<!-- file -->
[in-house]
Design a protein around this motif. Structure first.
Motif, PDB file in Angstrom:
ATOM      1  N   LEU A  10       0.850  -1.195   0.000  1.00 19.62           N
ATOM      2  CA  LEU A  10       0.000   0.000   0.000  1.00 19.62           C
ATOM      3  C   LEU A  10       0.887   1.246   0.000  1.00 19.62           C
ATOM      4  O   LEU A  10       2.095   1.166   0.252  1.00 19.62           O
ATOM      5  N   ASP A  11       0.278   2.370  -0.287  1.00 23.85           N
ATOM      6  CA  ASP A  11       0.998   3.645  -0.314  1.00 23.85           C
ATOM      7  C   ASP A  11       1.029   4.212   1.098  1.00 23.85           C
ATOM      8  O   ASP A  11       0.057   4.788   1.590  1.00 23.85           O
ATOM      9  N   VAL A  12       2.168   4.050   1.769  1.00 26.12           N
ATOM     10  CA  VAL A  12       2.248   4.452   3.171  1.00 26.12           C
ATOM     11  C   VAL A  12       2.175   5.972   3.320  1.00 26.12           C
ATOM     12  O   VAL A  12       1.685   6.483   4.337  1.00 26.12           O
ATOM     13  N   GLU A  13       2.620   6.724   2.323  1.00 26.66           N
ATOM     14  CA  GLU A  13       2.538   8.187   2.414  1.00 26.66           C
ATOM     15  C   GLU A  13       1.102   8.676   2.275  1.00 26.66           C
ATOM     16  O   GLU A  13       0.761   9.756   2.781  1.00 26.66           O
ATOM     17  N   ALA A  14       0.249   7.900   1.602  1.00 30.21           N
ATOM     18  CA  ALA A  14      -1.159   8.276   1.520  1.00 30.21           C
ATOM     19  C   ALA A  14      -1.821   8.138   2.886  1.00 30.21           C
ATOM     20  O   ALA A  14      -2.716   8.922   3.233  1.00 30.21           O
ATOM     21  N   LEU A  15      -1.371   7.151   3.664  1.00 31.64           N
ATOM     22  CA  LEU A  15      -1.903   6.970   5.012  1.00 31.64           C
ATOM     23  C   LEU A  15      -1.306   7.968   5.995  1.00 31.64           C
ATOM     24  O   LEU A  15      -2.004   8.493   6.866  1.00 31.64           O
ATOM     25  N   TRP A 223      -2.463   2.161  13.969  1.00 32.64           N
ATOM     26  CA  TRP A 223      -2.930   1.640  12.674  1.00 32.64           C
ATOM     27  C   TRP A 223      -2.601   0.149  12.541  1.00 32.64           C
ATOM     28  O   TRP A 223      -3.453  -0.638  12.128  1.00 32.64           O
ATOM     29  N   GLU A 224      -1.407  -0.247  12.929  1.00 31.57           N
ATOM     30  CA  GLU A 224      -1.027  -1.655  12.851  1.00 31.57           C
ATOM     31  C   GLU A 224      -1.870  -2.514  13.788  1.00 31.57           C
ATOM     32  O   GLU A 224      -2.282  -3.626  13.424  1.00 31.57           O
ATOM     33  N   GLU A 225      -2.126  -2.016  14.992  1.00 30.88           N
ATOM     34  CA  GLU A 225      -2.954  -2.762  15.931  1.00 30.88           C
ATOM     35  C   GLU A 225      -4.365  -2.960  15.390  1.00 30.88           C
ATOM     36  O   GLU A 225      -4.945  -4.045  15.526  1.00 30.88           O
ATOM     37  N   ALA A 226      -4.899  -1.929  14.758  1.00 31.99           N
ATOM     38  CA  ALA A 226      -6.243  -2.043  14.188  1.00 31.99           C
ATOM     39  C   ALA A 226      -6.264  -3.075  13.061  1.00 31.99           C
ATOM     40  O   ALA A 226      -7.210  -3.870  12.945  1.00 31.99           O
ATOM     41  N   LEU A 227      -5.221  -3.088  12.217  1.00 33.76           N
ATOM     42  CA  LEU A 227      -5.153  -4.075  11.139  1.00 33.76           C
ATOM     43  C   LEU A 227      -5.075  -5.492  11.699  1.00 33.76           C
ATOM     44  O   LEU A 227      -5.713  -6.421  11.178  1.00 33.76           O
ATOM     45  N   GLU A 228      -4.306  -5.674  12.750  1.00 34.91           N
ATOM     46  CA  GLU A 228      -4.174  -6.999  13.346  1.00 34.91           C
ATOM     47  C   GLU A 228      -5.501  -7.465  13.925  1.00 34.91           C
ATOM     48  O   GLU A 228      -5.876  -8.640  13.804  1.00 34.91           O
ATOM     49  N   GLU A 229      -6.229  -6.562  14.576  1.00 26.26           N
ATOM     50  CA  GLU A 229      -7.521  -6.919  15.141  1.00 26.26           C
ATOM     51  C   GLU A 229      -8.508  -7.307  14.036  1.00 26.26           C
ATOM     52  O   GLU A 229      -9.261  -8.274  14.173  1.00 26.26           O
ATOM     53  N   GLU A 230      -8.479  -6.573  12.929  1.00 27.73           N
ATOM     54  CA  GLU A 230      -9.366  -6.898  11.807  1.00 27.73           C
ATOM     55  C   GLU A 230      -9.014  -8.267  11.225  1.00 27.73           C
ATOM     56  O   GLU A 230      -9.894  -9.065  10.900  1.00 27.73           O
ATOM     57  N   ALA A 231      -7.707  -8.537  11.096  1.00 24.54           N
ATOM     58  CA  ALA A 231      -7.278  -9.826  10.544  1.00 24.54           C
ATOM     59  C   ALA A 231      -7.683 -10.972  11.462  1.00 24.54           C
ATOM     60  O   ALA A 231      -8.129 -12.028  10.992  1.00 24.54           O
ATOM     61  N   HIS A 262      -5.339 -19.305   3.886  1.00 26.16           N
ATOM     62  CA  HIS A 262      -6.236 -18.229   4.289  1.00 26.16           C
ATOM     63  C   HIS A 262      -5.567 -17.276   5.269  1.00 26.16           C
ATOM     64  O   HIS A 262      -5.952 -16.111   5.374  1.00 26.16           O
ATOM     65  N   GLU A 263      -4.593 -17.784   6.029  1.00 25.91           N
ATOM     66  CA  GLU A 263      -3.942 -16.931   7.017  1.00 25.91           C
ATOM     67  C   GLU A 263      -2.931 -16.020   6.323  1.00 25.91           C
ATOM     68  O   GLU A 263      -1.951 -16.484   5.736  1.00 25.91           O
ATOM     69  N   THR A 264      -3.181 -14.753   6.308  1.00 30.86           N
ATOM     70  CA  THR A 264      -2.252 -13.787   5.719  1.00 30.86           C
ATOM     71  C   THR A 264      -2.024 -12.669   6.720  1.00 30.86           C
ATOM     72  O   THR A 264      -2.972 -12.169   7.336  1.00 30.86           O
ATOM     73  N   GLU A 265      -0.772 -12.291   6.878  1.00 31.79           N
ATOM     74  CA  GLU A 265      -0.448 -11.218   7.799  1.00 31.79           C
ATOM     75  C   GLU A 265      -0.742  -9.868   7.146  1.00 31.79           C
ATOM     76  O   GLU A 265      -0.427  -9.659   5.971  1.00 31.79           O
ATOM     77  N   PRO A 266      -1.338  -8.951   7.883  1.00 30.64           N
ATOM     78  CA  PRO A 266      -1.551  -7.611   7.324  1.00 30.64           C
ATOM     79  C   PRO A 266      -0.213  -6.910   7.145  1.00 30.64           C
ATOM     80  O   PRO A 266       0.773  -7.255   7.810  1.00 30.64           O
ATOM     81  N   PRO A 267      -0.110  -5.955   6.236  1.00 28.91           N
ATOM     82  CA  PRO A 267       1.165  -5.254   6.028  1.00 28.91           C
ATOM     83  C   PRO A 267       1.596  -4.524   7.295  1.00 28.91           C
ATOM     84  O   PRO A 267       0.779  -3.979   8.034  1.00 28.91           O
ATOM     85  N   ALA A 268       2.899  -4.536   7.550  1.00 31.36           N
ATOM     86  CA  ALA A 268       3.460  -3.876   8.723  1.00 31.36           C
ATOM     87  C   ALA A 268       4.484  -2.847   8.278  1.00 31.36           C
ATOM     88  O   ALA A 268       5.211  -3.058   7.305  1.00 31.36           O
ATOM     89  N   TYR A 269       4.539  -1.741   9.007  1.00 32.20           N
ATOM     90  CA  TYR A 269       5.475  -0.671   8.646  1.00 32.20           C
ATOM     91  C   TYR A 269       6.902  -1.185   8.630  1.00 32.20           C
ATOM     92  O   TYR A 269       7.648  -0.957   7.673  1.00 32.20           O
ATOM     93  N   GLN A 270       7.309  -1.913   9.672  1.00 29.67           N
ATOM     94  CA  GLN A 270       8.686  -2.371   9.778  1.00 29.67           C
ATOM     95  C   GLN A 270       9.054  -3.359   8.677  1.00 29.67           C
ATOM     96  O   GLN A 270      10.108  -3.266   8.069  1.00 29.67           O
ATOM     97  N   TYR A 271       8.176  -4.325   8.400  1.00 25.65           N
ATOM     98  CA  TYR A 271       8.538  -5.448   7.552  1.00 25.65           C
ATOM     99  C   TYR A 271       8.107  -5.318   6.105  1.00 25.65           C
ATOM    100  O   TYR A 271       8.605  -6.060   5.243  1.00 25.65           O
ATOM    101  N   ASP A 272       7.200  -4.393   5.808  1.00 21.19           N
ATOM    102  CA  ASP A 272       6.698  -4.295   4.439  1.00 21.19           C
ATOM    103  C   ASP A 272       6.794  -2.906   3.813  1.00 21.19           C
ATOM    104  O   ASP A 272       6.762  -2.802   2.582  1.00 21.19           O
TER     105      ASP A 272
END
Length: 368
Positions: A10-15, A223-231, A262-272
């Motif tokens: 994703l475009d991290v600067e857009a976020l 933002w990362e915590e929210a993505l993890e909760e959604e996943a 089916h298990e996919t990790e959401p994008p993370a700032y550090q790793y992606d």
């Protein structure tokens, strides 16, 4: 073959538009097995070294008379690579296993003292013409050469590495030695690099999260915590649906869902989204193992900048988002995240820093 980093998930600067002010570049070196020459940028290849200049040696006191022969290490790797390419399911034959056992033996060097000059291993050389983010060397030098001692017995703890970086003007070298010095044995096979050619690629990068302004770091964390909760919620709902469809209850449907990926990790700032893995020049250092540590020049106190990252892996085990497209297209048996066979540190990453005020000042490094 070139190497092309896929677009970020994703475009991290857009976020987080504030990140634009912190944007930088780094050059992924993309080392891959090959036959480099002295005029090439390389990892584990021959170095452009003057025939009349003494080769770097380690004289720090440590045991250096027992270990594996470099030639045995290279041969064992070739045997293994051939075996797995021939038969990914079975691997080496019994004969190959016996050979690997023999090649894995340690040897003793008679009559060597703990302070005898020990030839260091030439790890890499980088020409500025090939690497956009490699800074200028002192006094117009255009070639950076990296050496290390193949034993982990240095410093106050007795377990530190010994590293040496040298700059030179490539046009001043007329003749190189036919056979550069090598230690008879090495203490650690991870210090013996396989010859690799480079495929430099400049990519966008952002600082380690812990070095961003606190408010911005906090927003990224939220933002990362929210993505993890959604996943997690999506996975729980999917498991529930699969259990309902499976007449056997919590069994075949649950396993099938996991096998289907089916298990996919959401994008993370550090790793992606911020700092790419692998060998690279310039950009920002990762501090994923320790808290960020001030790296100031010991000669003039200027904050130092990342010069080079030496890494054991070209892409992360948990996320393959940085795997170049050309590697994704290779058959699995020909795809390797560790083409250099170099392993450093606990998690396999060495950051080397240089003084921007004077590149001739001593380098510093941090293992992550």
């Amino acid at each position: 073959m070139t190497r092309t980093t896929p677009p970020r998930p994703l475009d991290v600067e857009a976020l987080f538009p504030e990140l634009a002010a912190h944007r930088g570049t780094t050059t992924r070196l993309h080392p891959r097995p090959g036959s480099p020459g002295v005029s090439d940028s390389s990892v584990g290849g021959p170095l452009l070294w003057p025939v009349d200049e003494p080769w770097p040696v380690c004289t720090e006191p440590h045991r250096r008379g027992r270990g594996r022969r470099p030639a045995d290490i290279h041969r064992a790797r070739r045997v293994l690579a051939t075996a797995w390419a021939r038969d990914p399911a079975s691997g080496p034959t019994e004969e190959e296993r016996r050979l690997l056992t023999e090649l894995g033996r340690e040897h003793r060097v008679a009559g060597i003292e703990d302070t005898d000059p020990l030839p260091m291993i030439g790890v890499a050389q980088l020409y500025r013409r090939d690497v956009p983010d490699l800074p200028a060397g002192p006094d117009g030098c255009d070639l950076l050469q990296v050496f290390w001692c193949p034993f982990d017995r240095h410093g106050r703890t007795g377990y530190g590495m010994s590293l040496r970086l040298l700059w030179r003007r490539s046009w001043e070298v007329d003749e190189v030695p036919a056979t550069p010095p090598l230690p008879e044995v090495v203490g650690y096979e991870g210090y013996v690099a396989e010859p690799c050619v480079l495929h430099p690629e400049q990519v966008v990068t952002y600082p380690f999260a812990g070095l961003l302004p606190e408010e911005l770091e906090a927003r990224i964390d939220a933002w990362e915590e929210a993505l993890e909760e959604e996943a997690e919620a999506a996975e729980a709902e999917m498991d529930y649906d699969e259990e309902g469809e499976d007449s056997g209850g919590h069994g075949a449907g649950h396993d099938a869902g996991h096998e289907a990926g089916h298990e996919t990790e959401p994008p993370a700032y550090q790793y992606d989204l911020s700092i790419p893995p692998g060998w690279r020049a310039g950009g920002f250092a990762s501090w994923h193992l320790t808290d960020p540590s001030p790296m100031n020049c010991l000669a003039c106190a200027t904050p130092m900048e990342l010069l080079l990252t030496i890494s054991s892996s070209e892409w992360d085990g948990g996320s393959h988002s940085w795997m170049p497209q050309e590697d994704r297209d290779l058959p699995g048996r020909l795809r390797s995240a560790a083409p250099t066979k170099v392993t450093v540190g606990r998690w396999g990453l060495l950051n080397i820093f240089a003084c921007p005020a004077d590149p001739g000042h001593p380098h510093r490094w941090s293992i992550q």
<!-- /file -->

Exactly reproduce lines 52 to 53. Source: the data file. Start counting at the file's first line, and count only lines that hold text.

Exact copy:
ATOM     49  N   GLU A 229      -6.229  -6.562  14.576  1.00 26.26           N
ATOM     50  CA  GLU A 229      -7.521  -6.919  15.141  1.00 26.26           C